Handy File Handles

Discussion in '1911 Gunsmithing' started by ForesterPumice, Dec 3, 2016.

  1. ForesterPumice

    ForesterPumice Not a Gunsmith, but learning more everyday.

    Sep 23, 2016
    I like to have handles on all my files, a good way to make them is to take a hardwood dowel, drill a center hole, hammer the file in firm.

    Then, my little trick.

    Drill a tiny hole, and bend hard steel wire at a 90 degree angle, cut off so it's about 1/4".

    Stick the wire in the hole, then using pliers gently heat the wire with a bunsen burner or plumber torch as you wind it as tightly as possible 25 times, it's ok if the wood smokes a bit, if you use cherry you can soak it in water first overnight, the one pictured is a cherry one i think.

    Then add a drop of hard solder, or spot weld the end. When you quench it in water, it hardens the wire, which also shrinks and tightenes the clench.


    Works well for tiny file sets that come with just one handle, in the picture is a chain saw sharpening round file, I'm getting ready to put a new handle on the new file. I also cut the 1/2" of smooth space off chainsaw files, I find they are good for removing casting flange and junk from inside things like 60% castings.

    Old drumsticks are around half inch ,and single ones mismatched,or used ones can be found for about a dollar, made from maple, cherry, or walnut at a music instruments store, they make good handles for small files, the one pictured is about 3/4" ,and I took the extra step of cutting a shallow channel for the wire.

    The small file sets of files, like from harbor freight, can use even smaller dowels if you want, there is a square one that is usually exactly the size of frame rails, don't be shy, pop open the package and check to find the ones exactly the right size, oversized is good too,so you can make safe faces to deepen without widening the channel. I got tired of waiting for my $65:eek:ne from Bronnels, that file is better, but these can be found just about anywhere.

    These are from Fire Mountain Jems jewelry supply, about $10 per set, very handy, especially with 1/4" or so handles on them , gives more leverage and control. I bought a set from harbor freight that were too dull for stainless, these cut it like butter. For $50 or so you can get diamond ones, they also have lots of smithin' uses.

    Last edited: Dec 3, 2016
    ZoidMeister likes this.
  2. ZoidMeister

    ZoidMeister Consider my signature line before replying . . . .

    Dec 4, 2014
    @PaulM , you'll like this tip!

  3. PaulM

    PaulM Well-Known Member

    Mar 7, 2016
    Very cool DIY tip, thanks for sharing!

    Thanks, I do have a thing for files! Agree about sourcing files, I don't buy files from Brownells aside from a few of their specialty files (barrel lug and checkering for example). Also check McMaster-Carr and MSC for huge selections and good prices on files.
    ForesterPumice likes this.
  4. pistolwretch

    pistolwretch Dremel jockey Supporting Addict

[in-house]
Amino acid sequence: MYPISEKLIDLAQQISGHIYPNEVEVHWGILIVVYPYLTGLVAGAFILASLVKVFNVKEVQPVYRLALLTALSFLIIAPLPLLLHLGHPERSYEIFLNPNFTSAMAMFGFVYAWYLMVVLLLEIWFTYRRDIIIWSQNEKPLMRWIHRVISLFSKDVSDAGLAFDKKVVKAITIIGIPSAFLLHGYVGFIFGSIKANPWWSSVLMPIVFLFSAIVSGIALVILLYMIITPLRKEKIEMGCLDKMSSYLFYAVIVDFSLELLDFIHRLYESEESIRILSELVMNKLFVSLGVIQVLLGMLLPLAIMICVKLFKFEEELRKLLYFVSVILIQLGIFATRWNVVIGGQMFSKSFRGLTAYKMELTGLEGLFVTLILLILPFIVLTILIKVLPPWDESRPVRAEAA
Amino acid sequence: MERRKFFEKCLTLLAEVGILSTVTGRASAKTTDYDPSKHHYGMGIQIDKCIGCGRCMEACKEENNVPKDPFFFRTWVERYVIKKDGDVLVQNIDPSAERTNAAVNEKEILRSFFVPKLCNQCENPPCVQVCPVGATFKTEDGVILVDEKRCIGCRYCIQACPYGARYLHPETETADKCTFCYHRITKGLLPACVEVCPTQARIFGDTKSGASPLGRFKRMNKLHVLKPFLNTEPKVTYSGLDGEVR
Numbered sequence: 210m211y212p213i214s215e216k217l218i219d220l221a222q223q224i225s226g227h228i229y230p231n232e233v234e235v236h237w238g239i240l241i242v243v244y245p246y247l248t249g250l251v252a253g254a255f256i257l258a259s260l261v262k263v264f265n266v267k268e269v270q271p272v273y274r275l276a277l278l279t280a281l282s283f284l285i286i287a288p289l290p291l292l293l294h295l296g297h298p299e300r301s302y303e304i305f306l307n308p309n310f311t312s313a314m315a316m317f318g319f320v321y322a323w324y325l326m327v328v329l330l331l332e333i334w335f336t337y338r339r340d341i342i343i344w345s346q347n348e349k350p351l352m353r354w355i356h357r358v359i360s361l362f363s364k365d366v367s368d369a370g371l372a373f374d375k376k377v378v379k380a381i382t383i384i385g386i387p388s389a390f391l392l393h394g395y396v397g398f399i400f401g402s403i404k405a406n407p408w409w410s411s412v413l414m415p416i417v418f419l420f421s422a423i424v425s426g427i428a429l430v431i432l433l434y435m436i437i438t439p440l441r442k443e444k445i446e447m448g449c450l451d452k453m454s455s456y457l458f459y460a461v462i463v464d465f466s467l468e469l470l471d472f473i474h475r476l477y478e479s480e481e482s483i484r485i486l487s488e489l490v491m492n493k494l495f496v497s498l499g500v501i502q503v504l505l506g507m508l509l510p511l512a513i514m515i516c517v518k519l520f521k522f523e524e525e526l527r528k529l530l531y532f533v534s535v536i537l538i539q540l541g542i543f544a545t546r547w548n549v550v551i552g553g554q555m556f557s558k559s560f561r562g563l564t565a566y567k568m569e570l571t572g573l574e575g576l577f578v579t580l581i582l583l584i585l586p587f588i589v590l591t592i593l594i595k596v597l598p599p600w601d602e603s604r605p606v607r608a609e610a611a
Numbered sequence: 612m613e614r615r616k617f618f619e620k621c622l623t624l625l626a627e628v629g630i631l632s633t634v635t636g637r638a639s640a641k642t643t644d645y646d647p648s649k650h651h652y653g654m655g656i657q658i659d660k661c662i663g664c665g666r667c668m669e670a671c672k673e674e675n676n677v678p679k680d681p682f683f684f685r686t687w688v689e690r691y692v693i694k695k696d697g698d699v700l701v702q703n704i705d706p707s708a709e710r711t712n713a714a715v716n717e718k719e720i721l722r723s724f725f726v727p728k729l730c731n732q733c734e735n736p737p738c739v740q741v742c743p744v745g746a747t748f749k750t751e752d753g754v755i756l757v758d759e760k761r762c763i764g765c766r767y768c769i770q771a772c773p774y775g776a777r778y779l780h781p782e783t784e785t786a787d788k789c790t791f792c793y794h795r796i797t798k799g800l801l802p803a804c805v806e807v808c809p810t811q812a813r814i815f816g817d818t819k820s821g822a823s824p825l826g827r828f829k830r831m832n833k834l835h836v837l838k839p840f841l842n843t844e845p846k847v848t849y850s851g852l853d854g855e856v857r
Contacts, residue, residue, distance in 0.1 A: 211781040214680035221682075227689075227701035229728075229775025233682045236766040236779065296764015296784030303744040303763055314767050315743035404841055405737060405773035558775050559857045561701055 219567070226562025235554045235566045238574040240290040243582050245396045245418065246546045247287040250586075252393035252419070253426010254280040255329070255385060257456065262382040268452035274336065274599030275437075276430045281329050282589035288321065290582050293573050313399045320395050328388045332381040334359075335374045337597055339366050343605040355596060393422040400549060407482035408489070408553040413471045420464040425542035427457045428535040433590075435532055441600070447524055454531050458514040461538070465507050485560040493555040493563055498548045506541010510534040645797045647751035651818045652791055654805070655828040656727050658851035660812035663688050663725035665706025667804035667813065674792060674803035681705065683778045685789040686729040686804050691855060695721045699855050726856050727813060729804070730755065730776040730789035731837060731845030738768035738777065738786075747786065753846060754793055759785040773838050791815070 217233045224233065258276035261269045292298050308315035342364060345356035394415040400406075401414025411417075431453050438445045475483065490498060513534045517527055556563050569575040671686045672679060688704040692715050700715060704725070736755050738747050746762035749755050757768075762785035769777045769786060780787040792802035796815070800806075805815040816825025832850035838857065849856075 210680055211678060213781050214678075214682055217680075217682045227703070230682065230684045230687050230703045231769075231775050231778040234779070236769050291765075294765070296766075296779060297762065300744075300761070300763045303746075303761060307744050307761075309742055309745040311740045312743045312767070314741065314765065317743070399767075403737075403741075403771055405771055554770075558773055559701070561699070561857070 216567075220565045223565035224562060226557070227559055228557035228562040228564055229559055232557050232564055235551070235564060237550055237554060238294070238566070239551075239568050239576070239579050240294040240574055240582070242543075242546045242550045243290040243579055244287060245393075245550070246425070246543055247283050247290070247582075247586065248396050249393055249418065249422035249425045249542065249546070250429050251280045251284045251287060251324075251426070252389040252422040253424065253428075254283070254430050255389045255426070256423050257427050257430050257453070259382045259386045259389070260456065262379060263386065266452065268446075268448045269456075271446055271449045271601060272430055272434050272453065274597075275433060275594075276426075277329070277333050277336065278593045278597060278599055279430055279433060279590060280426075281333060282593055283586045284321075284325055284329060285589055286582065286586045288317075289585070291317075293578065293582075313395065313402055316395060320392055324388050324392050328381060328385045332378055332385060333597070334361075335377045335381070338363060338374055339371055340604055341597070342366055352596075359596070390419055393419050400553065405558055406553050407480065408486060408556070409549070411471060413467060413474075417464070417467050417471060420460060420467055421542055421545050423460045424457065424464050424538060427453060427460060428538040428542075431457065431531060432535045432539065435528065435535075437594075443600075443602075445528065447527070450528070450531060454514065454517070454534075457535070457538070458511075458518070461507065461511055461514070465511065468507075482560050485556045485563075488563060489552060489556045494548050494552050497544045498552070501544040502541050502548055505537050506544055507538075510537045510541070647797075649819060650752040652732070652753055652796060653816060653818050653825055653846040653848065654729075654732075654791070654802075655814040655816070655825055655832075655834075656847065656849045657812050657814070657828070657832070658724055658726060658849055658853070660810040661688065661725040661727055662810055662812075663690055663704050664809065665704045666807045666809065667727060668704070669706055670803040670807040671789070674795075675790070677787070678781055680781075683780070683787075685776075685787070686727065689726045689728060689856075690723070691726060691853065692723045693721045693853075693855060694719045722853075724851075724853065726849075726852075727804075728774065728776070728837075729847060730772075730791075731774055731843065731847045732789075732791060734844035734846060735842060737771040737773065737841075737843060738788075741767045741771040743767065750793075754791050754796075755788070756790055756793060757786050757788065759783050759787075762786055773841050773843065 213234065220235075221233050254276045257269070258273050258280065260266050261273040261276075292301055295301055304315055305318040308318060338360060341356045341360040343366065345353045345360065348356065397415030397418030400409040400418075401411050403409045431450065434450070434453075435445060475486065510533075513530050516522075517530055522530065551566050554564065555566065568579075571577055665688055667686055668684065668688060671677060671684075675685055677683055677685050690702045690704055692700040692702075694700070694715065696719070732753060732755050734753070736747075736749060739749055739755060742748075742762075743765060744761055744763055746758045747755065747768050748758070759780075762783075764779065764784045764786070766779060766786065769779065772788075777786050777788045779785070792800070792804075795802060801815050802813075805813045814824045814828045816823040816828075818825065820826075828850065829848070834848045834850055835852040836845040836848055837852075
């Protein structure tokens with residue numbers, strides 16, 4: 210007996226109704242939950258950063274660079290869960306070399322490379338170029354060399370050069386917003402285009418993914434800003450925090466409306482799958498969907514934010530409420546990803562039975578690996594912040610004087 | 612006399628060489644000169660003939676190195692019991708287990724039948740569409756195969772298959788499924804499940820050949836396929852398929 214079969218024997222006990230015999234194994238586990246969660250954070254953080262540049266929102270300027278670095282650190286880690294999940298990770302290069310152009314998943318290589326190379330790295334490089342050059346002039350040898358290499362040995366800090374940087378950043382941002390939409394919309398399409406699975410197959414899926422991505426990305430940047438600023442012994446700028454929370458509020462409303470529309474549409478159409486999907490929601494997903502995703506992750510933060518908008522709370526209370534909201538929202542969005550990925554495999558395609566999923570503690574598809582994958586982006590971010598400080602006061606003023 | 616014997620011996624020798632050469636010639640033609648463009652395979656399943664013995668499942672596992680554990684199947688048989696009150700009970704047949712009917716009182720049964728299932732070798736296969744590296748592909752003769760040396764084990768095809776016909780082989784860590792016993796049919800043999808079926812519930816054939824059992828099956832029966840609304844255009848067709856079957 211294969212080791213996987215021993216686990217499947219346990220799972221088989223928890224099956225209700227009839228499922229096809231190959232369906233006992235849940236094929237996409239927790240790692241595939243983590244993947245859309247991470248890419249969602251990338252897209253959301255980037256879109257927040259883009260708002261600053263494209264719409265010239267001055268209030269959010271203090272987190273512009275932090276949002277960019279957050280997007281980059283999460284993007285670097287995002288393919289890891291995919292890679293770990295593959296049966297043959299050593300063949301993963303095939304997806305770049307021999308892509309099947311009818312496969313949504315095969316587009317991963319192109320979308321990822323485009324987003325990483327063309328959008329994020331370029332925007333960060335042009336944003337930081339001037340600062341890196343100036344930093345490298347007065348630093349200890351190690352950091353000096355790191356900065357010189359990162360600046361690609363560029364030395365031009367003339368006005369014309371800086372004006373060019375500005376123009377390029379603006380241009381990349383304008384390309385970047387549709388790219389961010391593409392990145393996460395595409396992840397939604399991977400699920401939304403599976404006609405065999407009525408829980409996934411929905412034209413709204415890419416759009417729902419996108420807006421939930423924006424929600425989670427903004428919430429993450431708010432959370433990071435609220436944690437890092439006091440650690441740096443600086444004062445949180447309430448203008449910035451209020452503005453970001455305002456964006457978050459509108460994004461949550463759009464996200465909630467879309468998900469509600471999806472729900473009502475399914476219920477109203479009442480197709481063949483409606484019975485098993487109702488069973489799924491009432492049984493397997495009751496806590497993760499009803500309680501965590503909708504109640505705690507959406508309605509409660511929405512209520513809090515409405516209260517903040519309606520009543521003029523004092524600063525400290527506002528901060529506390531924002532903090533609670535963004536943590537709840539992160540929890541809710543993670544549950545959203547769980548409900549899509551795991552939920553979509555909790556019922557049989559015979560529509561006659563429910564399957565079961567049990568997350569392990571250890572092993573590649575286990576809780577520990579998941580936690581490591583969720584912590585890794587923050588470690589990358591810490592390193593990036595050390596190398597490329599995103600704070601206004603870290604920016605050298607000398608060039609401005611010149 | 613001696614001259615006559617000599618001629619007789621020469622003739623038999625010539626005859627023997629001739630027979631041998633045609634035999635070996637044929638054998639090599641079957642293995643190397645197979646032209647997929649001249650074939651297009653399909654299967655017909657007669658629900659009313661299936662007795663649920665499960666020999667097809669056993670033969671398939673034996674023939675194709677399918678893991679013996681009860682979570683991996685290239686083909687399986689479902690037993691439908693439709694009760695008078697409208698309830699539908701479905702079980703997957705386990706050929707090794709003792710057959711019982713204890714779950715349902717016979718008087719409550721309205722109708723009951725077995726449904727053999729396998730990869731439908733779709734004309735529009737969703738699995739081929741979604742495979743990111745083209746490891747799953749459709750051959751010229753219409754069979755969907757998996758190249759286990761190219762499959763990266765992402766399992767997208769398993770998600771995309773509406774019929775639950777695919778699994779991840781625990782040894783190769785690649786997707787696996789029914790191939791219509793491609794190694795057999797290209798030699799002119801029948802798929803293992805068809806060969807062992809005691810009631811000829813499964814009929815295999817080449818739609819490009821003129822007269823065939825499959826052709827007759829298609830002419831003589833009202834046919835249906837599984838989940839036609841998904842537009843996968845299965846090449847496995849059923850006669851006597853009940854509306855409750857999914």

Aug 26, 2011
    Otto Frei has the best prices on high quality needle files.
    PaulM likes this.
  5. Bender

    Bender Supporting Addict Supporting Addict

    Aug 15, 2011

    We used to get files for compressor blades there.
  6. ForesterPumice

    ForesterPumice Not a Gunsmith, but learning more everyday.

    Sep 23, 2016
    I'm not familiar with that outfit, I'll check them out, I need to upgrade some files, I have bins and bins of them, but most are dull. And I tend to ruin them by purpose grinding safe faces, etc.

    I need a checkering file, do they go by any other names? Or where can I get a cheap one to try it out?

    EDIT, FRIE FILES, I have some Swiss watch makers watches, some of them might be that brand, looking into them.

    Glardon-Vallorbe Checkering Pillar Precision Files - LP1136
    Choose from Multiple Cuts:
    Anyone know Which of these checkering files would be equivalent to 25 lpi? On frie web site
    I love tools!
    Last edited: Dec 3, 2016
  7. PaulM

    PaulM Well-Known Member

    Mar 7, 2016

    Get high quality files...I buy them a few at a time as it adds up and they'll last a long time and perform way better. I too had a box of them as I ordered a few different Chinese sets hoping to save a buck.

    Grobet, the non-Chinese Nicholson, and GV are the way to go!

    I just ordered two from them, they put them on sale every once in a while. Just finished one at 10-15% and as you know their shipping is top-notch even to my side of the country.
  8. ForesterPumice

    ForesterPumice Not a Gunsmith, but learning more everyday.

    Sep 23, 2016
    Absolutely agree with high quality files, it equals speed.

    I'll post a pic when I get to my storage that will make you want to cry, surrounded with rust n crud, maybe 200+ swiss, Italian, German, files, most probably cost around 30-40$ each in the 80's, I inherited them from the man I apprenticed silversmithing withs wife a couple years ago. ..if they had just oiled or sprayed wd40....huge tangle of heartbreaking rust. All shapes, watchmaker ones as well, tiny little guys. I've been cleaning them a few at a time with brass brush, most have lost the edges, but some are recoverable. Hate neglected tools. The 260 pounds of 12" mandrels from 1/32" all the way to 7" makes up for it tho. Circle and oblong. But those files....

    I have been checking out the website, one at a time, build it back up!

You need 3 posts to add links to your posts! This is used to prevent spam.

Draft saved Draft deleted